The recent rise in the number of English-medium journals in non-Anglophone countries stems from the hegemony of English in global scholarly communication, and language requirements outlined by such journals to authors offer a valuable yet often overlooked source of information in terms of underlying values and assumptions concerning knowledge production and circulation. Drawing on the notion of “semiperiphery” to refer to Brazil’s current standing within global scientific publishing, this exploratory study focuses on author guidelines of Brazilian English-medium journals indexed in the SciELO database to map language requirements established for manuscript submission and to assess, from a discursive perspective, whether they reinforce or disprove dominant ideologies regarding academic publishing, knowledge construction and dissemination, and the status of English as the academic lingua franca. The research data included 98 journal guidelines sections from seven subject areas, and results suggest that journals across the disciplinary spectrum endorse the primacy of (native speaker) English in knowledge dissemination, which calls for a critique of scientific monolingualism on the part of research policymakers, in Brazil and elsewhere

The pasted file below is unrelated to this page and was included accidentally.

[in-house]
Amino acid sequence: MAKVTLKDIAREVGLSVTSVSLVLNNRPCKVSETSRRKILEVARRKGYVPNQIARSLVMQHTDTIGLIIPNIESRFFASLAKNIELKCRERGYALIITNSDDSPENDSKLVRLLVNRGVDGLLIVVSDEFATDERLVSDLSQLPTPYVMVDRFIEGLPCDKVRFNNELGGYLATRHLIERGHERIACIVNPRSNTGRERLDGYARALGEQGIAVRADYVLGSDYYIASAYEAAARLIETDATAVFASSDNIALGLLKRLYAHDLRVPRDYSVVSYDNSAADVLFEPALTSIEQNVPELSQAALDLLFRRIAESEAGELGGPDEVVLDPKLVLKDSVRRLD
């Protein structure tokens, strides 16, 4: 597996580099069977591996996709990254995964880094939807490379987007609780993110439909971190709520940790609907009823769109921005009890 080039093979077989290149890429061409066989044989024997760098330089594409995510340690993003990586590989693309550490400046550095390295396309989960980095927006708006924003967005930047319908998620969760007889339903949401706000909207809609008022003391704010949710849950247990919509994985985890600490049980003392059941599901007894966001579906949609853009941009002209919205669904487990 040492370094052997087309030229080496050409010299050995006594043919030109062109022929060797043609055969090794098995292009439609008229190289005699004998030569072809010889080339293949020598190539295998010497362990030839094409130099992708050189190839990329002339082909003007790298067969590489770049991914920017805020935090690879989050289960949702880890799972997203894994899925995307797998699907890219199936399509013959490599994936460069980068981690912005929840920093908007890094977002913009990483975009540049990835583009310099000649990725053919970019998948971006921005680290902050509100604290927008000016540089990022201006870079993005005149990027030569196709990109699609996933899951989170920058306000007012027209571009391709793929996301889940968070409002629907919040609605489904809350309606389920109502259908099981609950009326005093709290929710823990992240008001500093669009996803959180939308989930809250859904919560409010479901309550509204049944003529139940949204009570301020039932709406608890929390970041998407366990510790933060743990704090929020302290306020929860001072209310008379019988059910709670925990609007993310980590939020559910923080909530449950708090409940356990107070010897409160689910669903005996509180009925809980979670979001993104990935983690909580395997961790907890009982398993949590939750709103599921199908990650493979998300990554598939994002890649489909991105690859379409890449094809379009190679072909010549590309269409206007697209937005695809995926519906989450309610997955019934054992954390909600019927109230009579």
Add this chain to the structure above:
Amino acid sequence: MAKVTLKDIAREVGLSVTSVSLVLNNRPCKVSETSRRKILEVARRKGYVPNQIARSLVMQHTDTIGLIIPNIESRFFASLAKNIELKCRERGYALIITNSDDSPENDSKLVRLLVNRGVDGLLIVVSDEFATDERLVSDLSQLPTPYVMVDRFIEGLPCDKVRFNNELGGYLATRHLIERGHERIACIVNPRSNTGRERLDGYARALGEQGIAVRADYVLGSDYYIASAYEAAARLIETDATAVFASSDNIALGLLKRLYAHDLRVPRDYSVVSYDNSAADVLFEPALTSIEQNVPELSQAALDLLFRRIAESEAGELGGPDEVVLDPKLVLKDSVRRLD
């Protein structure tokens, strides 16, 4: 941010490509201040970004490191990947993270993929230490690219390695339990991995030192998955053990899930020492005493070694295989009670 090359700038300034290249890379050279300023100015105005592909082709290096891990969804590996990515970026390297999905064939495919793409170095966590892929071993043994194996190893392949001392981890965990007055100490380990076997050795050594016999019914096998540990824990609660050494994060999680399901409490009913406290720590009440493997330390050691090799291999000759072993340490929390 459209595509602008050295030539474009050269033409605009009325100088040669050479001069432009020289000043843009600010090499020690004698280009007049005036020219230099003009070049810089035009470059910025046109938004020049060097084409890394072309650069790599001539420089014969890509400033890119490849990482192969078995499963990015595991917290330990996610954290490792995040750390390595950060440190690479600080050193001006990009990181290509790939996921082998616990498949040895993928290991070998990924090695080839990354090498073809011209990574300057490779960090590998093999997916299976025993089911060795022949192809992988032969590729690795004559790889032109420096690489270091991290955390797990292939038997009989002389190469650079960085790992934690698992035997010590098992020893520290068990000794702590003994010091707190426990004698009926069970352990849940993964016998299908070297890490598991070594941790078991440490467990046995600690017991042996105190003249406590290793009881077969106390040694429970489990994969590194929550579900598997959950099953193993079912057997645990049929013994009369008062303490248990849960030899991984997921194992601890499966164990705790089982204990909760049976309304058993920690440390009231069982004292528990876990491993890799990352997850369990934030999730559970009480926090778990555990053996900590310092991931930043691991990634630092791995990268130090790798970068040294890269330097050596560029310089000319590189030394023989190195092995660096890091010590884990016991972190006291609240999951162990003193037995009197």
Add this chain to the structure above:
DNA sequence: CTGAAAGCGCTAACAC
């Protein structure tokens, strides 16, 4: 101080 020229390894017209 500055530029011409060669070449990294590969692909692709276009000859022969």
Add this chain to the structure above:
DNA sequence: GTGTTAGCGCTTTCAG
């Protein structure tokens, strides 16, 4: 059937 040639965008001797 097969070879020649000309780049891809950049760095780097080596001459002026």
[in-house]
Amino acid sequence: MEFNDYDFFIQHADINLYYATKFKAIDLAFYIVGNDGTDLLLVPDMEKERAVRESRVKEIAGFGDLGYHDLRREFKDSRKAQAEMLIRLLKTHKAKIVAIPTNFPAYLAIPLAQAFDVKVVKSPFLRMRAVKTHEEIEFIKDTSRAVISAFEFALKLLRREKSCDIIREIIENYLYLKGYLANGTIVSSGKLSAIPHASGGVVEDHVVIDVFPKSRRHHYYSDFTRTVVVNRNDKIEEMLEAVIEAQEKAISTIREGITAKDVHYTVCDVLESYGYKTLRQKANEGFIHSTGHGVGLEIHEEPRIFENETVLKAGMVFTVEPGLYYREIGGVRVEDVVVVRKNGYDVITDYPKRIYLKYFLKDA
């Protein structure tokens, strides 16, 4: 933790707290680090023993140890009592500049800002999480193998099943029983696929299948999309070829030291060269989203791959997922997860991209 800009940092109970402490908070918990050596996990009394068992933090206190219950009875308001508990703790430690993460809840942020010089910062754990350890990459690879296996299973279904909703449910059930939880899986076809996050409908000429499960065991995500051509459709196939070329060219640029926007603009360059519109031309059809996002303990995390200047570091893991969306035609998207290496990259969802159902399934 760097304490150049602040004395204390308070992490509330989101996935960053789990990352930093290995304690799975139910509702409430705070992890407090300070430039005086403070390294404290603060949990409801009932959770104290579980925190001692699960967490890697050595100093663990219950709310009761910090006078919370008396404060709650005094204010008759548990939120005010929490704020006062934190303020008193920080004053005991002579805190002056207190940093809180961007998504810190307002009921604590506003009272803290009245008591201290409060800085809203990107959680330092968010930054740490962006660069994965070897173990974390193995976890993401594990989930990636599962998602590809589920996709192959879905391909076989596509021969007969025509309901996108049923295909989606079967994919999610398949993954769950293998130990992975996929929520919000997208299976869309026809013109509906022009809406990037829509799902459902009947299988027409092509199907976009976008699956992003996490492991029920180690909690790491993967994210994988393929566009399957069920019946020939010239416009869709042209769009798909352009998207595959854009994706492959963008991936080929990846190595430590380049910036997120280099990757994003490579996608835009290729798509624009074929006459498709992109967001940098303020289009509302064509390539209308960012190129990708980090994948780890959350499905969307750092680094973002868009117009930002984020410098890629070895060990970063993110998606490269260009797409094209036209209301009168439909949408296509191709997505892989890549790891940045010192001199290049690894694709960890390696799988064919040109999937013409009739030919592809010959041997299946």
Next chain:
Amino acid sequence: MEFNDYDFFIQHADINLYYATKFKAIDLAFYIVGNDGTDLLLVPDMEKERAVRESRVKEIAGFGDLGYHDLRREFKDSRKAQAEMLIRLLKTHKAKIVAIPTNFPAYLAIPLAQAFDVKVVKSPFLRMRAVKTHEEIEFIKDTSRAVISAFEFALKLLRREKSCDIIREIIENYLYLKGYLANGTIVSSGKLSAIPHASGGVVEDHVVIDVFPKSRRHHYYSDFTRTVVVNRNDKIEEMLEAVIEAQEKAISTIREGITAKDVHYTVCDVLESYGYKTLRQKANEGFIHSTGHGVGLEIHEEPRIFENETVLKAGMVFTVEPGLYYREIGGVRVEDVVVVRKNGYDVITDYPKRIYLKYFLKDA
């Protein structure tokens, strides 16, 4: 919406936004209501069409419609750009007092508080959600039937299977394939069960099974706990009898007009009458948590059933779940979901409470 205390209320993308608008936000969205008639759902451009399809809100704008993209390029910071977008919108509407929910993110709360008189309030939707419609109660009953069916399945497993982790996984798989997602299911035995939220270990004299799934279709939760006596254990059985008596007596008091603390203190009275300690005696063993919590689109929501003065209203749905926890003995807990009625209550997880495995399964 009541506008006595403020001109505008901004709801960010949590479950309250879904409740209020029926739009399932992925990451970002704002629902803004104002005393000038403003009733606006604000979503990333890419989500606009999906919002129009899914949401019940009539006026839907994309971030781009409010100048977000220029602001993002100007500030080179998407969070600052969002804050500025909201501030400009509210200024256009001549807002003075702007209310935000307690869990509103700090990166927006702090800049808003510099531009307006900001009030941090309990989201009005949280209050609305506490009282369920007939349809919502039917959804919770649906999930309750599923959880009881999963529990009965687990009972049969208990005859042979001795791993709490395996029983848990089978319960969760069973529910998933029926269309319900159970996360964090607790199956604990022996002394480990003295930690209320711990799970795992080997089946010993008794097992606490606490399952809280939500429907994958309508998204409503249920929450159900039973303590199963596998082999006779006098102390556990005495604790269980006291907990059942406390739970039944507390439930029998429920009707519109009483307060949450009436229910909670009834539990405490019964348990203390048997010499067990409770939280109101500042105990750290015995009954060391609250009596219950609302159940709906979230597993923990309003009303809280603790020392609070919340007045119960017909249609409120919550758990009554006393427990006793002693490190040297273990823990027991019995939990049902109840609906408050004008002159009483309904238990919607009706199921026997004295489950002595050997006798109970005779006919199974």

Copyright (c) 2021 Gisele Dionísio da Silva
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